As for Trump’s attitude towards conceding, while annoying for the Democrats, this also is not new. Historically speaking, we do not even have to go back very far, only to 2000. Anyone old enough to have gone through this election probably remembers too well the annoyingness of new vocabulary words like “hanging chads.” The Election of 2000 saw two new candidates but with familiar names, Vice President Al Gore versus George Bush. As with 2020, it was a close election on election night and whoever won Florida would win the game.  As election night came to a close and it looked as if Bush had won Florida, Gore made the concession call to Bush. However, by the next day Democrats had come out with claims of voter fraud and voter suppression in Florida, and Gore called Bush back to recant his concession. Democrats demanded a recount, which was done, but after the recount did not change the outcome, Gore demanded a recount by hand instead of by machines. The issue was that on some punch cards, the wrong names were accidently hit or were not punched properly. The recount took weeks, this time to the annoyance of Republicans. In the end, it took the Supreme Court to force the recount to end and declare Bush the winner.

Another example is the election of 1876. The election that tells us the importance of one vote. It looked as if Democrat Samuel Tilden would win the election. He had more popular votes and only needed one of the four remaining states to win, as with Biden in 2020. However, there were voting irregularities in those four remaining states. For instance, South Carolina had 101% voter turnout. Of the four states, three were southern, Florida, South Carolina, and Louisiana. Why is it always Florida? Why that is important is that the Democratic Party dominated southern states so it was expected Democrats would win all three, let alone just the one needed to win. To solve the issue, Congress was forced to get involved and create a 15-man board to determine the winner. There were five congressmen, five senators, and five judges. Seven of these were Democrats and seven were Republicans with one independent. Perfectly fair, until the one independent judge resigned his position and a new judge had to be appointed. The only judges left on the court were Republicans, resulting in Republican Rutherford Hayes winning the presidency by one vote. Democrats claimed foul play but eventually agreed to the ruling when the Republicans promised to end Reconstruction in the South.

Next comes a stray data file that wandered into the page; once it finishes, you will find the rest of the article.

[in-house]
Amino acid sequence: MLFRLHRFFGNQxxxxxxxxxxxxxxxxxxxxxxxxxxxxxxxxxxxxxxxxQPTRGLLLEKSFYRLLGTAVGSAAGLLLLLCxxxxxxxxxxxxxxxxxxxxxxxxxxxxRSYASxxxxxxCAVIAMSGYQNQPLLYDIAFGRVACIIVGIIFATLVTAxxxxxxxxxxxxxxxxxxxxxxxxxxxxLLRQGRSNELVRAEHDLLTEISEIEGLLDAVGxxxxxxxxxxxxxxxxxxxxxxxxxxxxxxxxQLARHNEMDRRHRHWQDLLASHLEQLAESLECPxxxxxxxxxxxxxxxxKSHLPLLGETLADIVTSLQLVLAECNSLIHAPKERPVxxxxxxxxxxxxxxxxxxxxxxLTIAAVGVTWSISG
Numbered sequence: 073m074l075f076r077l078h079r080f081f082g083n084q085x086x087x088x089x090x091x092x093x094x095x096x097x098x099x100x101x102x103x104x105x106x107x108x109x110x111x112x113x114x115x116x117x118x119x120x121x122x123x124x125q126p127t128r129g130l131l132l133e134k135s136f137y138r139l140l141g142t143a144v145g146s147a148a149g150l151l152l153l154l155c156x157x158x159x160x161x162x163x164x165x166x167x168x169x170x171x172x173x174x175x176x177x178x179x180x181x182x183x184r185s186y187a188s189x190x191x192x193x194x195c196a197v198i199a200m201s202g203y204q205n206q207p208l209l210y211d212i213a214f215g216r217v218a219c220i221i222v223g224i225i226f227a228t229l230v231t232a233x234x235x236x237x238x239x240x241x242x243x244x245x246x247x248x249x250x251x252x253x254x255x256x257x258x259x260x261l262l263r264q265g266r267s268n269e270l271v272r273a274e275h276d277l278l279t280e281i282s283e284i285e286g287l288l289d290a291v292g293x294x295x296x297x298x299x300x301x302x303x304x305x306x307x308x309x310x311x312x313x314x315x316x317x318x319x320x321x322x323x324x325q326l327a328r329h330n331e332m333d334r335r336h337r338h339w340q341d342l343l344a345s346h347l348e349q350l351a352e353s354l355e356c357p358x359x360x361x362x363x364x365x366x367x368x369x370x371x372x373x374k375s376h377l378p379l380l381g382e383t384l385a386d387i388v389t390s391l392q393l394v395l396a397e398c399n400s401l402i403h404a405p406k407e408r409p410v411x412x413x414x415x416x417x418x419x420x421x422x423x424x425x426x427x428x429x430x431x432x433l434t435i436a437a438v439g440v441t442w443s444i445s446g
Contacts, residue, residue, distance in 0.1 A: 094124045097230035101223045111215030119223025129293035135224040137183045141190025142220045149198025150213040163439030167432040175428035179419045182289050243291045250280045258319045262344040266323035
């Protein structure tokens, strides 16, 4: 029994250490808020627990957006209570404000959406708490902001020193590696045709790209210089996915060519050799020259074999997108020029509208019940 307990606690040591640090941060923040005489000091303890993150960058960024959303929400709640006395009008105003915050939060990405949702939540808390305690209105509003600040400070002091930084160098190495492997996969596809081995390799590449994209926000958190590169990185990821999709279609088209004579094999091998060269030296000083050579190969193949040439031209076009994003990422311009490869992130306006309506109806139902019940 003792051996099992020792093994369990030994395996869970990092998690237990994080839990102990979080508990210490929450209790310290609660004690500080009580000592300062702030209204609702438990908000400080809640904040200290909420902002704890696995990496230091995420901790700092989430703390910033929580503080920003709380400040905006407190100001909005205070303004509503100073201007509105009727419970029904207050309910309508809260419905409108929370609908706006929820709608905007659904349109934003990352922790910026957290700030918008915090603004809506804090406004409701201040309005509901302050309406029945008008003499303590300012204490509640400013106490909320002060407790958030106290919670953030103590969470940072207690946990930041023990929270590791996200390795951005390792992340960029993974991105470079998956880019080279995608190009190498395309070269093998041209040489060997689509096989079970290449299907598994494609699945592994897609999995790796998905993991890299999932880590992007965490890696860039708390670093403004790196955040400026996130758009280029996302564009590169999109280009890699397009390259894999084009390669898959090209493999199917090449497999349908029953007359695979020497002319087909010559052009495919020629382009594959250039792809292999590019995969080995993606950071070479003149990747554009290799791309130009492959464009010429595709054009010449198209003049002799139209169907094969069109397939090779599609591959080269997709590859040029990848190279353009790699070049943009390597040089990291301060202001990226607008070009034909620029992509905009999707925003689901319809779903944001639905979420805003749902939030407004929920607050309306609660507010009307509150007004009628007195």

It is always good to see democracy in action and that so many took part of the election process. This was an important election in that all elections are important, However, historically speaking, neither the percentages voting nor the squabbling after the fact are anything new.

With the election past us now, I hope everyone can put politics aside for a day and enjoy your Thanksgiving. I for one am grateful I live in a country where we can have this fight about elections. Not all nations get to do this.

Dr. James Finck is a Professor of History at the University of Science and Arts of Oklahoma and Chair of the Oklahoma Civil War Symposium. To receive daily historical posts, follow Historically Speaking at Historicallyspeaking.blog or on Facebook.


Dr. James Finck is an Associate Professor of History at the University of Science and Arts of Oklahoma in Chickasha. He is Chair of the Oklahoma Civil War Symposium. Follow Historically Speaking at www.Historicallyspeaking.blog.

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A one-man and his merry band’s show of destruction and decimation

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Our Interim Town Manager (ITM) Matt Tederick is a very tricky individual. He is also a great manipulator. He also knows and unfortunately used the action of firing people to create fear and loyalty. He believes giving away plaques will create a picture of employer/employee love and togetherness. He also shows a keen ability to cover his tracks when necessary.